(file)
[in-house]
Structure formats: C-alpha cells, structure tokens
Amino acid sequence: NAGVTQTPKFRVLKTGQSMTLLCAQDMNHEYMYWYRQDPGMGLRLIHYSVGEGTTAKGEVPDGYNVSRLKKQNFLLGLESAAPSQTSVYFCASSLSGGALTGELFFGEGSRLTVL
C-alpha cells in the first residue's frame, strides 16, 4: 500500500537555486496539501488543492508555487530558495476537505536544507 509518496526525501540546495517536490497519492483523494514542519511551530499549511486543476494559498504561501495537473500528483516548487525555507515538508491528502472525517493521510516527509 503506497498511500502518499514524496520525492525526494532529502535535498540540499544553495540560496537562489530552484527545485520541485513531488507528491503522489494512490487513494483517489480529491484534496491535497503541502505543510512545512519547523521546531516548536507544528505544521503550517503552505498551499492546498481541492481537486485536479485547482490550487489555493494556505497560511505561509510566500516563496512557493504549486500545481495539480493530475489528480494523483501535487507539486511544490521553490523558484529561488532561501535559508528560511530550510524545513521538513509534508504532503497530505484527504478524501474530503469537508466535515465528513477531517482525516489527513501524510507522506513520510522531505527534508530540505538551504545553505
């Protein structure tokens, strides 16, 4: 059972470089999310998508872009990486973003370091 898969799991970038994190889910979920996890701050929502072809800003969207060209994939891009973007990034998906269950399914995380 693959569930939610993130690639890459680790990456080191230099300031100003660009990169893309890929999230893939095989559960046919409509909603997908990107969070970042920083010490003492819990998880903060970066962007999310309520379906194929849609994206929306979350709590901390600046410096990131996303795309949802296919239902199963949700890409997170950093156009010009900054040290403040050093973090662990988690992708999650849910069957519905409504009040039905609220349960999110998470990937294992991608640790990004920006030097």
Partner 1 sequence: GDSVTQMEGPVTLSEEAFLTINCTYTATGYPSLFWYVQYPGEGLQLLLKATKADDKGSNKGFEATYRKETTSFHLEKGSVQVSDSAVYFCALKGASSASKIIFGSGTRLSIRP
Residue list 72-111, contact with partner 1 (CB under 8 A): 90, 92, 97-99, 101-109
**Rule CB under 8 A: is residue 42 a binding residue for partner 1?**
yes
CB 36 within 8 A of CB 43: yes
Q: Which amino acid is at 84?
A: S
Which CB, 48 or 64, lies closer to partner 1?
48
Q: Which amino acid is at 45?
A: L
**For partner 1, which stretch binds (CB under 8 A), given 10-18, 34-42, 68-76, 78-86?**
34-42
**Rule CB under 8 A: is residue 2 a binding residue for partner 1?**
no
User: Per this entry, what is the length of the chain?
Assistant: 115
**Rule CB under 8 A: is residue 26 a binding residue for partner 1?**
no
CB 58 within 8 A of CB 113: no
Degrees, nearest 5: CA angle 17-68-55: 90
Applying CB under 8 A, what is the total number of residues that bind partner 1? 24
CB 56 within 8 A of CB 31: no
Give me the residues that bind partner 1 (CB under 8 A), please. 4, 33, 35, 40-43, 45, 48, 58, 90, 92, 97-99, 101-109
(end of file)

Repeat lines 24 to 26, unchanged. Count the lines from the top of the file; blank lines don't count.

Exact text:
no
CB 58 within 8 A of CB 113: no
Degrees, nearest 5: CA angle 17-68-55: 90